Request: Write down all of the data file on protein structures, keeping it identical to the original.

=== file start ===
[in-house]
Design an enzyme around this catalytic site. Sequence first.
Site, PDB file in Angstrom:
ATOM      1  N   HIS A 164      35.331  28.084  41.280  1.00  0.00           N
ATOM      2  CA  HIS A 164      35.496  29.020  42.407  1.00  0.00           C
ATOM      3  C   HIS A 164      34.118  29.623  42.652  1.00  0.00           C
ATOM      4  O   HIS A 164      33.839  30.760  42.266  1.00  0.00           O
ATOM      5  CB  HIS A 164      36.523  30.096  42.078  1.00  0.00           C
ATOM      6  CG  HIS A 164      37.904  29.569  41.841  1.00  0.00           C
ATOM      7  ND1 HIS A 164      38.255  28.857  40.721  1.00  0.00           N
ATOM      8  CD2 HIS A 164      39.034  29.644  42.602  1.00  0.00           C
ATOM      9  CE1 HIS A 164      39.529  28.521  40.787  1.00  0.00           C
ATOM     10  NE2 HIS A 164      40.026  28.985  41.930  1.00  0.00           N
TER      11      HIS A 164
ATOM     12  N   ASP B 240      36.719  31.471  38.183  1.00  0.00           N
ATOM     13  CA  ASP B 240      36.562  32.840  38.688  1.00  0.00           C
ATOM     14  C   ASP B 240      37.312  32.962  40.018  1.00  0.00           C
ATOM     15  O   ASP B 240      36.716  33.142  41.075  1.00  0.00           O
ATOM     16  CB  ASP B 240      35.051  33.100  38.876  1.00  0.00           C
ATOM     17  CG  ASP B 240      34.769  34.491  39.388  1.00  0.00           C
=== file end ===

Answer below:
[in-house]
Design an enzyme around this catalytic site. Sequence first.
Site, PDB file in Angstrom:
ATOM      1  N   HIS A 164      35.331  28.084  41.280  1.00  0.00           N
ATOM      2  CA  HIS A 164      35.496  29.020  42.407  1.00  0.00           C
ATOM      3  C   HIS A 164      34.118  29.623  42.652  1.00  0.00           C
ATOM      4  O   HIS A 164      33.839  30.760  42.266  1.00  0.00           O
ATOM      5  CB  HIS A 164      36.523  30.096  42.078  1.00  0.00           C
ATOM      6  CG  HIS A 164      37.904  29.569  41.841  1.00  0.00           C
ATOM      7  ND1 HIS A 164      38.255  28.857  40.721  1.00  0.00           N
ATOM      8  CD2 HIS A 164      39.034  29.644  42.602  1.00  0.00           C
ATOM      9  CE1 HIS A 164      39.529  28.521  40.787  1.00  0.00           C
ATOM     10  NE2 HIS A 164      40.026  28.985  41.930  1.00  0.00           N
TER      11      HIS A 164
ATOM     12  N   ASP B 240      36.719  31.471  38.183  1.00  0.00           N
ATOM     13  CA  ASP B 240      36.562  32.840  38.688  1.00  0.00           C
ATOM     14  C   ASP B 240      37.312  32.962  40.018  1.00  0.00           C
ATOM     15  O   ASP B 240      36.716  33.142  41.075  1.00  0.00           O
ATOM     16  CB  ASP B 240      35.051  33.100  38.876  1.00  0.00           C
ATOM     17  CG  ASP B 240      34.769  34.491  39.388  1.00  0.00           C